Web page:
One Arc, Two Wires and a Laser

The laser supported process is characterized by a smaller heat affected zone, a lower welding depth, and thus a lower dilution rate (layer height around 4 mm; Source: LZH)

The laser supported process is characterized by a smaller heat affected zone, a lower welding depth, and thus a lower dilution rate (layer height around 4 mm; Source: LZH)

Instead of completely exchanging expensive components after wear and tear, these can be repaired using deposition welding. Up to now, a gas metal arc welding (GMAW) process has usually been used for deposition welding, with an average deposition rate of five kilos per hour. Since the dilution level is around thirty percent, several layers must be deposited, one on the other, until the protective covering is pure enough. Scientists at the Laser Zentrum Hannover have now, as part of the project HoDopp, developed a laser-supported arc process, that achieves this in a single layer.
In the conventional process, the arc burns between the wire electrode and the workpiece, and fuses both. For large area and multi-layer coatings, the process can take up to 24 hours per square meter. On the other hand, in the process used by the LZH, an arc burns between two wires and melts them simultaneously. The deposition rate can thus be increased to around 7.5 kg per hour. The laser beam, which is used in addition to this, assures layer adherence, and improves the form of the seam.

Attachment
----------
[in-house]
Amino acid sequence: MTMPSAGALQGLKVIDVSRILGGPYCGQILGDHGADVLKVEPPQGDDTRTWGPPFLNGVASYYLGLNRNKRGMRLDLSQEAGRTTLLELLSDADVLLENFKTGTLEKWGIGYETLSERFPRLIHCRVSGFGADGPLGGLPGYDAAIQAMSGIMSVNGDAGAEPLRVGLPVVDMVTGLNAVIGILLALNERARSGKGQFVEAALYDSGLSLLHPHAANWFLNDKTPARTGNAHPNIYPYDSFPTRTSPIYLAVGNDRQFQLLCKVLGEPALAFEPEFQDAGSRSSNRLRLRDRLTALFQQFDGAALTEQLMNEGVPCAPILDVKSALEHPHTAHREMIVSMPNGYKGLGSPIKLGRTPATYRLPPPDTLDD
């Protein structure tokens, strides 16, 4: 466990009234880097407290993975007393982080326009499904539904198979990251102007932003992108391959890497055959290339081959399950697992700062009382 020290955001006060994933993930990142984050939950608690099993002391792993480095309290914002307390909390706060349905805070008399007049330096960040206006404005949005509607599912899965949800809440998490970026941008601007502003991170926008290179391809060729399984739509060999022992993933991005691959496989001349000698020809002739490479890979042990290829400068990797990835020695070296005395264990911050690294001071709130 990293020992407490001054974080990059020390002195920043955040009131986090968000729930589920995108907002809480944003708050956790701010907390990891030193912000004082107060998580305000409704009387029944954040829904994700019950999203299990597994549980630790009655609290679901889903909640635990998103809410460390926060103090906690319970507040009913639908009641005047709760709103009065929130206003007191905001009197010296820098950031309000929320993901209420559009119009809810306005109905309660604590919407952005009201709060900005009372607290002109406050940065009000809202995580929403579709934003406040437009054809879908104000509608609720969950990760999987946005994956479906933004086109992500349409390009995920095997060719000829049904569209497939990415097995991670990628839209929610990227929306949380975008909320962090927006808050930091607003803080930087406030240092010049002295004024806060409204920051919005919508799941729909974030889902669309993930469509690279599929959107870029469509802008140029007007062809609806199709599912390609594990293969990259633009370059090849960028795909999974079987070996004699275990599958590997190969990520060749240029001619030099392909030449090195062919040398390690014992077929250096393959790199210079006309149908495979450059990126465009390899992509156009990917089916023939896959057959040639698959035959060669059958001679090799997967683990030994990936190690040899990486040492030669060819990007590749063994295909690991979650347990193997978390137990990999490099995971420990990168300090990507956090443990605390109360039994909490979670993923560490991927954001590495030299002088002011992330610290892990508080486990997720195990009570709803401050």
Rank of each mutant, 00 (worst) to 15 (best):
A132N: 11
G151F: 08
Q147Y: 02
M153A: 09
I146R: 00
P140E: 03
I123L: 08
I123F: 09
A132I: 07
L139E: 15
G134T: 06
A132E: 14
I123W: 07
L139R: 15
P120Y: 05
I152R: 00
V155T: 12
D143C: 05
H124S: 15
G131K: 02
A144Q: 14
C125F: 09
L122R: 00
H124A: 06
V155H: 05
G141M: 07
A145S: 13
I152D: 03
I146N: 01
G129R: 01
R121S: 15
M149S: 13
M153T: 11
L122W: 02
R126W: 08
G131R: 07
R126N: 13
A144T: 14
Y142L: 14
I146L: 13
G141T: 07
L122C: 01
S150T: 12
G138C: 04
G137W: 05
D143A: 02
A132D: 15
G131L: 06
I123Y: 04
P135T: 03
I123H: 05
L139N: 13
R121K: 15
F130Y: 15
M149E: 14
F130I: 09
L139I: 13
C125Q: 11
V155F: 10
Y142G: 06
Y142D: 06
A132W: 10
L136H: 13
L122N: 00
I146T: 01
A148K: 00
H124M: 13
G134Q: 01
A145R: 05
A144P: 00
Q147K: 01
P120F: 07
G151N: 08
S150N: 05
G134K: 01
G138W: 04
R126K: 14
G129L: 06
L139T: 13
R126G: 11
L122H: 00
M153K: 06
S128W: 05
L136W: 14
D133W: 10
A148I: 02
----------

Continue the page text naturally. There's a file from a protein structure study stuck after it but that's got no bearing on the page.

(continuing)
Due to the support by the laser beam, the layer is deposited with a low penetration depth, and the dilution rate is thus under five percent. A further advantage of the process is low heat input. Component deformation is notably lower than with deposition welding using conventional GMAW, and the deposition rate can be increased by around 50%. Since one layer replaces two or three conventionally deposited layers, time and material can be saved for inhomogeneous materials, by half to two-thirds. Thus, productivity and simultaneously the quality of the welding process can be drastically increased.
The project HoDopp: “High-power laser cladding using the twin-wire technique without arc transmission and with laser-assisted weld-penetration control” was financed by the Federal Ministry of Education and Research (BMBF). The project was completed at the end of 2014. (Source: Laser Zentrum Hannover )
Links: Laser Zentrum Hannover

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